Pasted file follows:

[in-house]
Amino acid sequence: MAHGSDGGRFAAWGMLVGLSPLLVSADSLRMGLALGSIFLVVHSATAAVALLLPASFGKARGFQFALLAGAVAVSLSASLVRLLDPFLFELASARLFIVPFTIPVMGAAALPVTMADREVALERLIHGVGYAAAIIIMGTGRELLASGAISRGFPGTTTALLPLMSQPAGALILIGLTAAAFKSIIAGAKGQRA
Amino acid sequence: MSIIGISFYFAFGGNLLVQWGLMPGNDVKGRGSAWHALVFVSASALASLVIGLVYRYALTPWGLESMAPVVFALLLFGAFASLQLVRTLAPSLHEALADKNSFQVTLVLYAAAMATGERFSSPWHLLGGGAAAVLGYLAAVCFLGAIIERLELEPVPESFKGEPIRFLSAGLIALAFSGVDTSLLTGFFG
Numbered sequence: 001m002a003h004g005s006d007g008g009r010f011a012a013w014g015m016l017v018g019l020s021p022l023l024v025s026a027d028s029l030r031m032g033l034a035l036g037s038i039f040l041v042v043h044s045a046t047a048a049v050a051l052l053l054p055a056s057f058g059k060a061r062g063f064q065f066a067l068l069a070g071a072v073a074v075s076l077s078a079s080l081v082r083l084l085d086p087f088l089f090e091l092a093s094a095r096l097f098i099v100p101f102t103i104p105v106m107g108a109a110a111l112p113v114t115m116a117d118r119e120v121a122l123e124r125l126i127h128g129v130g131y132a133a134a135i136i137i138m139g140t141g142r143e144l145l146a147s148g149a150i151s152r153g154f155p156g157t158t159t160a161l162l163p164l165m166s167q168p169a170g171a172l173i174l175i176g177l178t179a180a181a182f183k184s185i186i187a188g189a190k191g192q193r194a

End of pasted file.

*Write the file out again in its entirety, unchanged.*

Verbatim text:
[in-house]
Amino acid sequence: MAHGSDGGRFAAWGMLVGLSPLLVSADSLRMGLALGSIFLVVHSATAAVALLLPASFGKARGFQFALLAGAVAVSLSASLVRLLDPFLFELASARLFIVPFTIPVMGAAALPVTMADREVALERLIHGVGYAAAIIIMGTGRELLASGAISRGFPGTTTALLPLMSQPAGALILIGLTAAAFKSIIAGAKGQRA
Amino acid sequence: MSIIGISFYFAFGGNLLVQWGLMPGNDVKGRGSAWHALVFVSASALASLVIGLVYRYALTPWGLESMAPVVFALLLFGAFASLQLVRTLAPSLHEALADKNSFQVTLVLYAAAMATGERFSSPWHLLGGGAAAVLGYLAAVCFLGAIIERLELEPVPESFKGEPIRFLSAGLIALAFSGVDTSLLTGFFG
Numbered sequence: 001m002a003h004g005s006d007g008g009r010f011a012a013w014g015m016l017v018g019l020s021p022l023l024v025s026a027d028s029l030r031m032g033l034a035l036g037s038i039f040l041v042v043h044s045a046t047a048a049v050a051l052l053l054p055a056s057f058g059k060a061r062g063f064q065f066a067l068l069a070g071a072v073a074v075s076l077s078a079s080l081v082r083l084l085d086p087f088l089f090e091l092a093s094a095r096l097f098i099v100p101f102t103i104p105v106m107g108a109a110a111l112p113v114t115m116a117d118r119e120v121a122l123e124r125l126i127h128g129v130g131y132a133a134a135i136i137i138m139g140t141g142r143e144l145l146a147s148g149a150i151s152r153g154f155p156g157t158t159t160a161l162l163p164l165m166s167q168p169a170g171a172l173i174l175i176g177l178t179a180a181a182f183k184s185i186i187a188g189a190k191g192q193r194a